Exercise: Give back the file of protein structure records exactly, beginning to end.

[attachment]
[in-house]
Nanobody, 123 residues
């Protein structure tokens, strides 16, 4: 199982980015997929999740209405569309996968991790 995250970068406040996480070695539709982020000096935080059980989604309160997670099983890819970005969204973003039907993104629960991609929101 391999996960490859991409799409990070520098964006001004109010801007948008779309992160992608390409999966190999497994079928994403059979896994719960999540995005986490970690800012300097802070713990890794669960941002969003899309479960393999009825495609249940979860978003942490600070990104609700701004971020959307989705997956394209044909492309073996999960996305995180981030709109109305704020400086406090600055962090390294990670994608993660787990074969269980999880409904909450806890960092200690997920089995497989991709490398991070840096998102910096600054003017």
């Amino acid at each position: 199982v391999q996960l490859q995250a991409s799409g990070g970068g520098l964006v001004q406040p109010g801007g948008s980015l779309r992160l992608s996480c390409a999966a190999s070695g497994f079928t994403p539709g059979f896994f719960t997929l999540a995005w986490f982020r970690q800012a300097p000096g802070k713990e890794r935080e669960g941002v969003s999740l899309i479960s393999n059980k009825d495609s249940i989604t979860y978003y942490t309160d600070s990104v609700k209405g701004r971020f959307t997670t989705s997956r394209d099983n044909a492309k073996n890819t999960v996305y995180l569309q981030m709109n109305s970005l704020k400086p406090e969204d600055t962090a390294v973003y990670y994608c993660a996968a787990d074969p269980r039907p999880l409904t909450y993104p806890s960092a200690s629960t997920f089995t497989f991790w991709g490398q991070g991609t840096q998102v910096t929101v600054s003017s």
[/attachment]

[in-house]
Nanobody, 123 residues
């Protein structure tokens, strides 16, 4: 199982980015997929999740209405569309996968991790 995250970068406040996480070695539709982020000096935080059980989604309160997670099983890819970005969204973003039907993104629960991609929101 391999996960490859991409799409990070520098964006001004109010801007948008779309992160992608390409999966190999497994079928994403059979896994719960999540995005986490970690800012300097802070713990890794669960941002969003899309479960393999009825495609249940979860978003942490600070990104609700701004971020959307989705997956394209044909492309073996999960996305995180981030709109109305704020400086406090600055962090390294990670994608993660787990074969269980999880409904909450806890960092200690997920089995497989991709490398991070840096998102910096600054003017």
């Amino acid at each position: 199982v391999q996960l490859q995250a991409s799409g990070g970068g520098l964006v001004q406040p109010g801007g948008s980015l779309r992160l992608s996480c390409a999966a190999s070695g497994f079928t994403p539709g059979f896994f719960t997929l999540a995005w986490f982020r970690q800012a300097p000096g802070k713990e890794r935080e669960g941002v969003s999740l899309i479960s393999n059980k009825d495609s249940i989604t979860y978003y942490t309160d600070s990104v609700k209405g701004r971020f959307t997670t989705s997956r394209d099983n044909a492309k073996n890819t999960v996305y995180l569309q981030m709109n109305s970005l704020k400086p406090e969204d600055t962090a390294v973003y990670y994608c993660a996968a787990d074969p269980r039907p999880l409904t909450y993104p806890s960092a200690s629960t997920f089995t497989f991790w991709g490398q991070g991609t840096q998102v910096t929101v600054s003017s």